Or I could have exposed the absurdity of all of this. Toilet paper, people. Seriously? It is more important to you to wipe your ass than eat? Perhaps even more disconcerting was my late-night trip to the grocery store on the night before stay-at-home orders went into effect. You know what they had plenty of? Condoms and alcohol. What’s wrong with you people? What happened to the days that we dealt with national emergencies by way of copious drinking and well, you know….
But all of that has been covered by countless other commentators ad nauseum over the past several weeks. As I sat in yet another zoom meeting with my video turned off so that none of my colleagues would know that I was still in bed with a bowl of cereal on my chest, I realized that there were lessons to be learned from all of this. In all challenging times, be they personal or global, we have two possible paths to tread: endure and survive or grow and evolve. We need to use this moment in time as a crucial stepping stone in our evolution as a species.
The enduring bright spot of this pandemic is that it has shed a light on how we have come to interact with each other. As technology has been steadily introduced into our culture and incessantly informed human interaction, we have witnessed the erosion of interpersonal communication. We’ve all seen it. Teenagers perpetually glued to their phones checking out Tik Tok videos like your dog perched just inside the door as he keeps his resolute gaze fixed upon the squirrel perpetually torturing him from the tree nearby. Kids playing games on their devices at a family dinner. The couple out on a date but texting relentlessly rather than enjoying the company of the person right in front of them. A few months before all of this went down, I was out to dinner with a friend where I watched four college ladies who sat at a table together but were on their phones the entire evening. You know exactly what I’m talking about.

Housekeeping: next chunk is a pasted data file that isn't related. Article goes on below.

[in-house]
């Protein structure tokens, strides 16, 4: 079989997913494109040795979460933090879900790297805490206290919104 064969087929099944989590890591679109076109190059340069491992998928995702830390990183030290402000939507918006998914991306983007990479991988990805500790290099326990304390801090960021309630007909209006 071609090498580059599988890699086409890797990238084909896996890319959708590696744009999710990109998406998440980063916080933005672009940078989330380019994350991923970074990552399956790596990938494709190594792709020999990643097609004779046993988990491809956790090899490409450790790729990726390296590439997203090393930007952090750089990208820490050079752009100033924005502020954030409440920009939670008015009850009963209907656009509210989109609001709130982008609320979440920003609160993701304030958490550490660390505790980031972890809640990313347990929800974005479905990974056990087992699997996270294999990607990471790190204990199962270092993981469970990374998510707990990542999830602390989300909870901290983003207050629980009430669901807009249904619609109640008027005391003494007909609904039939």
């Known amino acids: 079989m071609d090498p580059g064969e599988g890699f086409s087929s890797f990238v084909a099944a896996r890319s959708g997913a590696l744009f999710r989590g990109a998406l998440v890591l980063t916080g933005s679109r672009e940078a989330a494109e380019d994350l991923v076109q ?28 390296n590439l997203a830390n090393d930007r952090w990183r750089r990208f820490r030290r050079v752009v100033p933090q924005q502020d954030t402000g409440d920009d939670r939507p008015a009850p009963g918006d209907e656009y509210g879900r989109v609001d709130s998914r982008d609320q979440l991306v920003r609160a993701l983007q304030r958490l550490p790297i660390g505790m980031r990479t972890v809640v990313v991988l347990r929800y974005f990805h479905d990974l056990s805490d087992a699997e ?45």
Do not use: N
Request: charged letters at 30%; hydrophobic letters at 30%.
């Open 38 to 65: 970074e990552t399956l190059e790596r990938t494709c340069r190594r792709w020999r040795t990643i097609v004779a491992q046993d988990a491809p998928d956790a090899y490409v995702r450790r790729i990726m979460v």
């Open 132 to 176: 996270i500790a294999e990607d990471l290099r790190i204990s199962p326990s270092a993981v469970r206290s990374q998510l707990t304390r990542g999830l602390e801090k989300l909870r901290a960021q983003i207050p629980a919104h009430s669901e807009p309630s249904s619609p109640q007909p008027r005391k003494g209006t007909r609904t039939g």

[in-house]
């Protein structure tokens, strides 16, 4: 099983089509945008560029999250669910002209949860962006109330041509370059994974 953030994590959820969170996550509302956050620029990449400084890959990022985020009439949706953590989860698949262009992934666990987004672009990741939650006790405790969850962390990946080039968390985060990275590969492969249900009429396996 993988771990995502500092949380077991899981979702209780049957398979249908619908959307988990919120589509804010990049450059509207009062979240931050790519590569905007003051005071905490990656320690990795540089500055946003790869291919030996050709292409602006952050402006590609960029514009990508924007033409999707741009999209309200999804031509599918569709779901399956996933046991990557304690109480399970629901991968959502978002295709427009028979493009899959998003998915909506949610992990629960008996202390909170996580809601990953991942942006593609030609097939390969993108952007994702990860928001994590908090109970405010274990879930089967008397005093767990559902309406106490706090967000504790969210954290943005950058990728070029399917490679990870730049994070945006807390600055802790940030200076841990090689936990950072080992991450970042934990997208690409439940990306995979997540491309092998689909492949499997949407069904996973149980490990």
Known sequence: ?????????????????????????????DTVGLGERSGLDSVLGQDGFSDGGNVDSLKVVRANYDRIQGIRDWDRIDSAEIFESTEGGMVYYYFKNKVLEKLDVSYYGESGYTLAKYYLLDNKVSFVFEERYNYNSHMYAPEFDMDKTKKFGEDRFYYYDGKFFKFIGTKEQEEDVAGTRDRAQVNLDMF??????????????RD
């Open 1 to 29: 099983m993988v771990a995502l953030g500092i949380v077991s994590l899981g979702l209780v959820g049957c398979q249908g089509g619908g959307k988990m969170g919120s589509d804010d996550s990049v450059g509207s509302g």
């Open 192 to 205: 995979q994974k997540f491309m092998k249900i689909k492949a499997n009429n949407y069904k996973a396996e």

And where is that getting us now? Yeah, that’s what I thought. Forced into virtual lives where all of our interpersonal communication comes through texting and google hangouts, we are starting to awaken to the limitations of these virtual platforms. Suddenly, we are recognizing just how much we thrive on face to face communication with our fellow human beings.
I have no idea what the world will look like when the doors to society magically reopen, and we all emerge from our corona-inspired hibernation, like sleepy bears looking for honey, porridge, and ale, but I hope we do not lose sight of the opportunity that stands before us. Perhaps, just perhaps, this whole circumstance will serve as a much-needed gut punch to our collective consciousness that the very technology that was developed to bring us all together has actually been serving to alienate us further and further from real connection.
Steven Craig is the author of the best-selling novel WAITING FOR TODAY, as well as numerous published poems, short stories, and dramatic works. Read his blog TRUTH: In 1000 Words or Less every THURSDAY at www.waitingfortoday.com